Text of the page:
Let’s say your user base is growing, and your Support team is, too. You’re the head of the team, but need to redistribute some of the leadership responsibility. You decide to promote one of your team members into a management role. Who do you immediately start considering?

Probably one of your superstar agents. You know the type: a smart, detail-oriented queue crusher who feels as comfortable chatting with your customers as she does with a product manager about a confusing onboarding flow, or an engineer about fixing a broken line of code.

But is this person actually the right fit for a management role? A recent article from Harvard Business Review, titled “Why the Most Productive People Don’t Always Make the Best Managers”, suggests that you should think again. The author’s basic premise is that your most productive individual contributors (ICs) don’t necessarily make your best managers. From the article:

“Nearly one-quarter (23%) of the leaders who are in the top quartile on productivity are below the top quartile on these six leadership-oriented skills. So, the odds are that one out of four times a person is promoted to a leadership position because of their outstanding productivity, they will end up being a less effective leader than expected.”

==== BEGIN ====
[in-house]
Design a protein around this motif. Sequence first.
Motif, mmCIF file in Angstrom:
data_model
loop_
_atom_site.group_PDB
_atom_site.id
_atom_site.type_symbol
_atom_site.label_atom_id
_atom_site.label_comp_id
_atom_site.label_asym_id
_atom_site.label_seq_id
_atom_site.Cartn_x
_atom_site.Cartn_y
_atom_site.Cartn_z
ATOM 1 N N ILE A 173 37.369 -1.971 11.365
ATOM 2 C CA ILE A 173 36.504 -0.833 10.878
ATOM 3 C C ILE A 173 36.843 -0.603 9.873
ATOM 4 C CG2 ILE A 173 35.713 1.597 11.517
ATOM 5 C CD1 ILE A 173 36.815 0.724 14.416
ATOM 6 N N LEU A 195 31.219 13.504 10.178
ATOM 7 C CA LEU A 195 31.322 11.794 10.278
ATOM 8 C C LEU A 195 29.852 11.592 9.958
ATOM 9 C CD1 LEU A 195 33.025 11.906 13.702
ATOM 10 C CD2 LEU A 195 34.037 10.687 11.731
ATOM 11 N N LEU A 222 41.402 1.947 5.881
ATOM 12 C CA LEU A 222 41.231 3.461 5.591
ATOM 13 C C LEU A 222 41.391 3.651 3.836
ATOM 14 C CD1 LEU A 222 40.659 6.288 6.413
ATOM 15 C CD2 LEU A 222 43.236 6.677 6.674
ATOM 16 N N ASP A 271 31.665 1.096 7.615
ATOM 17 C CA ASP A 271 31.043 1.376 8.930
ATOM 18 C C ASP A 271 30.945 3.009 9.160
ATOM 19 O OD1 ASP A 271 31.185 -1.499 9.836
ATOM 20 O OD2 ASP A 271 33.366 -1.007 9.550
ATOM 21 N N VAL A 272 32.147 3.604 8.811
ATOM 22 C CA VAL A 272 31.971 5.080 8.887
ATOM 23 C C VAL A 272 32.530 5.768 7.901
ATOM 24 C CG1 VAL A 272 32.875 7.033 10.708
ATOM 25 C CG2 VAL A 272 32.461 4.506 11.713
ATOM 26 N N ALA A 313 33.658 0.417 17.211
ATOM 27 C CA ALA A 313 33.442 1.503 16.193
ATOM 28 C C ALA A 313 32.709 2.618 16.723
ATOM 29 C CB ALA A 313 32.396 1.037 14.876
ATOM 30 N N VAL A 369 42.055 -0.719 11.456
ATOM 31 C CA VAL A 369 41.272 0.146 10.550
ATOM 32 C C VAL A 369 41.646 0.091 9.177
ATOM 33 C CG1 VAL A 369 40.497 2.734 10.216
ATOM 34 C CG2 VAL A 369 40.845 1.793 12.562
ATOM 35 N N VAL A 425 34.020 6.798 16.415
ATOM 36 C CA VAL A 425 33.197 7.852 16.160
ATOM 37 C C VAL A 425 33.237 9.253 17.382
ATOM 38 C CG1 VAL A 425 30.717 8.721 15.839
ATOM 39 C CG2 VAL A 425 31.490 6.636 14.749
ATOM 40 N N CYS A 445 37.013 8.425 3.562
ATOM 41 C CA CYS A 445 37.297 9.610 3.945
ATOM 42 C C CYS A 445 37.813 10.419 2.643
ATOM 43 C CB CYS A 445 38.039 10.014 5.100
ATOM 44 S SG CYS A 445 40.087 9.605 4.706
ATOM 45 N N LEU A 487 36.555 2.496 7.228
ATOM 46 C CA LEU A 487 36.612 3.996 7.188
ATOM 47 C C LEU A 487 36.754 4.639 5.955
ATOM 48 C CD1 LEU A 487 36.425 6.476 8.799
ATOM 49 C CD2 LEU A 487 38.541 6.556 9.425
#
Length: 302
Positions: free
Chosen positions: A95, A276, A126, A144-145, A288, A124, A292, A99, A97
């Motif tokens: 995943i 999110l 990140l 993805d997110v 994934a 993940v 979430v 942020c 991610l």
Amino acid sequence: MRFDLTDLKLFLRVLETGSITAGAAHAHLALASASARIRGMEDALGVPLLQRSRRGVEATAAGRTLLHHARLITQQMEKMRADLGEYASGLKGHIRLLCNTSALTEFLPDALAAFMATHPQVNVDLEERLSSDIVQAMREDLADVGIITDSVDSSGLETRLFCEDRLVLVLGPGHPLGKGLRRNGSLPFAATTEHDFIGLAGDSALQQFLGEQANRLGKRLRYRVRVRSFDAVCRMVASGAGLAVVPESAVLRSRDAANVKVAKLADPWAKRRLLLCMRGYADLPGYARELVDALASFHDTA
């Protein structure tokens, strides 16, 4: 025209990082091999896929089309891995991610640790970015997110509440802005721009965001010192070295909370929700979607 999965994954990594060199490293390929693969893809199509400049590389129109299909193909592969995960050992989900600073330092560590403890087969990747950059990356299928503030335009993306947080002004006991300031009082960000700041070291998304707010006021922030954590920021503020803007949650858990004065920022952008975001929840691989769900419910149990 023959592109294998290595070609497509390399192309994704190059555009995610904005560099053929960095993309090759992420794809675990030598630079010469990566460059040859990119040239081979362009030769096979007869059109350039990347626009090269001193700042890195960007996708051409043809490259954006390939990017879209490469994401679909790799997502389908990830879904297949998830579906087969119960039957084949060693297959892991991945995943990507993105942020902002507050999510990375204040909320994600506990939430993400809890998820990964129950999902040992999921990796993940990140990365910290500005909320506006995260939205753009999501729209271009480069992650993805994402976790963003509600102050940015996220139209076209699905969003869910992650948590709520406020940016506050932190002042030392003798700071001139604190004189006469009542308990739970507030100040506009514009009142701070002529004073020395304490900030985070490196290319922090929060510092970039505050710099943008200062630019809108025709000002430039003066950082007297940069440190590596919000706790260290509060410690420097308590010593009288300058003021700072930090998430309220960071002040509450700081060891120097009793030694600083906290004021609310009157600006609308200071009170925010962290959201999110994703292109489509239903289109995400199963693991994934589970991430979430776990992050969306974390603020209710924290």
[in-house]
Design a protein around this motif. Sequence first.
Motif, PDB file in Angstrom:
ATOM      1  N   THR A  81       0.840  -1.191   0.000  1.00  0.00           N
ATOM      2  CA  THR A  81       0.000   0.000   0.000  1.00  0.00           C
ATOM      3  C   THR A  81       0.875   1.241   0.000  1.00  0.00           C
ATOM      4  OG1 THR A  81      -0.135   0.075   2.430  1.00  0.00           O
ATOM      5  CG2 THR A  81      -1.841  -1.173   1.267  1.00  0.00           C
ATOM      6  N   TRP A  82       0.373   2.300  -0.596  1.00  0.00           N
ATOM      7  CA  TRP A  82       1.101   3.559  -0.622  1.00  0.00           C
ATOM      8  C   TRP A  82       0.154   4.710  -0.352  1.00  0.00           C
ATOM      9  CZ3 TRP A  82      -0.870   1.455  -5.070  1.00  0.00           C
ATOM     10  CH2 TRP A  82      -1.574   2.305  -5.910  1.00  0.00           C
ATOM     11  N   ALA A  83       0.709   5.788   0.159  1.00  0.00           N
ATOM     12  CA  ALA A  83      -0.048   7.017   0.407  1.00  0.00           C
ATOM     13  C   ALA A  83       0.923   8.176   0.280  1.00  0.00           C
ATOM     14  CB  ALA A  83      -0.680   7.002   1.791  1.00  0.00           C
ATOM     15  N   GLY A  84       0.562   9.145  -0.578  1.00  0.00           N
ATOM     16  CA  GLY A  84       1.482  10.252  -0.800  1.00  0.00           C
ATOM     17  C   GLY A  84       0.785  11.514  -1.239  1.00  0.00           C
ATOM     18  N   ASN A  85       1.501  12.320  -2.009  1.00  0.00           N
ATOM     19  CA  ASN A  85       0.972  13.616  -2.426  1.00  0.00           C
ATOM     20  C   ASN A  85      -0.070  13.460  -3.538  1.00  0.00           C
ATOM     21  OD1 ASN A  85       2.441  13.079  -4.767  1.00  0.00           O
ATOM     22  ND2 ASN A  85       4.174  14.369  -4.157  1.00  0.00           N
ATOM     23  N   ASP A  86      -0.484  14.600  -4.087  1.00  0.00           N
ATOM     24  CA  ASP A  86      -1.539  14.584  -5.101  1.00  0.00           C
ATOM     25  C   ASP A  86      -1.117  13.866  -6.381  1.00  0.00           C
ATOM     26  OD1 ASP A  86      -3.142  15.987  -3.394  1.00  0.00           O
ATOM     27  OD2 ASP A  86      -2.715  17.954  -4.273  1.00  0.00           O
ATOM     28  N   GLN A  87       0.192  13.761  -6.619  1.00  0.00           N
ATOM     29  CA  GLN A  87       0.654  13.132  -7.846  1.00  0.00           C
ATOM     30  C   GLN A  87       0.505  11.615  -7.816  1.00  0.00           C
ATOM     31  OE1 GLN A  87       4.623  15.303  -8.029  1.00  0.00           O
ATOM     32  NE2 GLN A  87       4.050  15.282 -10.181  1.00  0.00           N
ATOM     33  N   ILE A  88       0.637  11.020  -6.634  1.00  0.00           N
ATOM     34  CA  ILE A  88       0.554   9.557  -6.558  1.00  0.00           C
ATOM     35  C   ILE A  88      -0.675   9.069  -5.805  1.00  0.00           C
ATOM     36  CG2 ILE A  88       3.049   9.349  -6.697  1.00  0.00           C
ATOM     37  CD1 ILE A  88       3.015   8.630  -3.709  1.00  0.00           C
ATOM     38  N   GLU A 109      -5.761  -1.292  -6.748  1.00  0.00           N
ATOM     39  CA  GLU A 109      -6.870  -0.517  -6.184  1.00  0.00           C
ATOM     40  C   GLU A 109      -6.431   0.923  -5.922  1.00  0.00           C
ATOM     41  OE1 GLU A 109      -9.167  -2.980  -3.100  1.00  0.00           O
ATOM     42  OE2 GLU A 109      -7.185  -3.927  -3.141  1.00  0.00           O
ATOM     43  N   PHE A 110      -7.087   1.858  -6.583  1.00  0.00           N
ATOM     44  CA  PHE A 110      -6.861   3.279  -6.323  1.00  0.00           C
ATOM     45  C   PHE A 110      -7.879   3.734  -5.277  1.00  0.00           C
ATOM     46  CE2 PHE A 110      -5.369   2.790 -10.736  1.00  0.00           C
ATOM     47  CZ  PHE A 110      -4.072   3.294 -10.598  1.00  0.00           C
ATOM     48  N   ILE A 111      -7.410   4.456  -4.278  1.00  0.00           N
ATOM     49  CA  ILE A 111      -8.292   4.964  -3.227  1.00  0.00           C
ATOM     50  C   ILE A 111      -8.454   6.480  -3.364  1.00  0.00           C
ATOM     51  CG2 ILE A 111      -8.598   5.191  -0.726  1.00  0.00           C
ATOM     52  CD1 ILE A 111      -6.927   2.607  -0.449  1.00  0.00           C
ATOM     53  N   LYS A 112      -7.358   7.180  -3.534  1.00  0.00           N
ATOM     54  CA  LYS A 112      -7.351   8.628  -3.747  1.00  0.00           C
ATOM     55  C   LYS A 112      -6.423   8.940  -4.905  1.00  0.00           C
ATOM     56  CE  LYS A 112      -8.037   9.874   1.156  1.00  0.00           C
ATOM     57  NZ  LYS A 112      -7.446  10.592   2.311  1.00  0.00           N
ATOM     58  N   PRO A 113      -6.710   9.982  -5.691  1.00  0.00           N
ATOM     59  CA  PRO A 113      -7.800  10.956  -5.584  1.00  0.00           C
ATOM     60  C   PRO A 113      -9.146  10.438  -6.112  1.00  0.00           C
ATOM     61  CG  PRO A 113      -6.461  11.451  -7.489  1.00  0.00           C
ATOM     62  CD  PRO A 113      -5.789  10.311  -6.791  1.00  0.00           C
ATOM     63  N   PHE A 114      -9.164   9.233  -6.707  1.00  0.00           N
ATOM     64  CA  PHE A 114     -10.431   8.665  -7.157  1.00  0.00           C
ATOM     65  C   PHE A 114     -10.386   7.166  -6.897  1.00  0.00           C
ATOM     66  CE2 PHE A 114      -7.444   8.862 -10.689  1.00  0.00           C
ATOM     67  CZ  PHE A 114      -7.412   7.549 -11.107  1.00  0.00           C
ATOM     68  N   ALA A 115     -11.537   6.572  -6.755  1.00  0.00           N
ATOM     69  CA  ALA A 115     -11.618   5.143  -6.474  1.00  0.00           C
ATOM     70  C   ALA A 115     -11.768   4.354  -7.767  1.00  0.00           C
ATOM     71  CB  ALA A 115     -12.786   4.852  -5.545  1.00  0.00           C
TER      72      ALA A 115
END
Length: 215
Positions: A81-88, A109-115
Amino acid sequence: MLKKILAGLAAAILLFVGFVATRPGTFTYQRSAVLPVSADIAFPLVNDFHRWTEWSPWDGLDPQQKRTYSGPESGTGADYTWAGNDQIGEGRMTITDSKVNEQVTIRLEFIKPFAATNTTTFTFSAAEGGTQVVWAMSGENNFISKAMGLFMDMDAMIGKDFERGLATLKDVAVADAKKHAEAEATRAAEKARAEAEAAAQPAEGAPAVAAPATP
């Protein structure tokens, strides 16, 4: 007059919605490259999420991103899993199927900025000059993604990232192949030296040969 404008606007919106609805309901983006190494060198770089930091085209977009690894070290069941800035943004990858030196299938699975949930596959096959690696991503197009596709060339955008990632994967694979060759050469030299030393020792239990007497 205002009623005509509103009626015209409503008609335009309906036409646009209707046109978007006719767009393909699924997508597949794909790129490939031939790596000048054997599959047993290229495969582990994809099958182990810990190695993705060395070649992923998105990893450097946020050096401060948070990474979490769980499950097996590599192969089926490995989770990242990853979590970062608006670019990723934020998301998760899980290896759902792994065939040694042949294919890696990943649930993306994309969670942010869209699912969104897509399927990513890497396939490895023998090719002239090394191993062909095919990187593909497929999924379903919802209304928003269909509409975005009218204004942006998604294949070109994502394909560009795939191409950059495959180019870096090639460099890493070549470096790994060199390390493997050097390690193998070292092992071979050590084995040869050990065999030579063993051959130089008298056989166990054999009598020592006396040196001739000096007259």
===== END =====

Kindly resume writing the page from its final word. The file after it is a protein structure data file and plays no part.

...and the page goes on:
My take? The insights in this article are pretty spot-on. While super productive ICs can make good managers, my experience is that this is not necessarily so. When I’m evaluating someone’s aptitude for a management role, I don’t think about productivity first. I think about most of the attributes the article discusses, like ability to give and receive feedback, effectiveness at unblocking obstacles, interpersonal skills, and so on.

In other words, good managers get stuff done by empowering others to do their best work, not by doing all the work themselves. If someone you’re considering for a management role doesn’t show the capacity to empower, they might not be a good fit for leadership. And to be clear, that’s not bad – if your company is doing it right, ICs should have a path to growing and developing in their careers that doesn’t require them to cross over to leadership to earn a promotion. But that’s a conversation for another post :)

What do you think? I’d love to hear your thoughts on this in the #leadership channel in the Support Driven Slack. If you’re not in the community and would like to join in the conversations, please join us!

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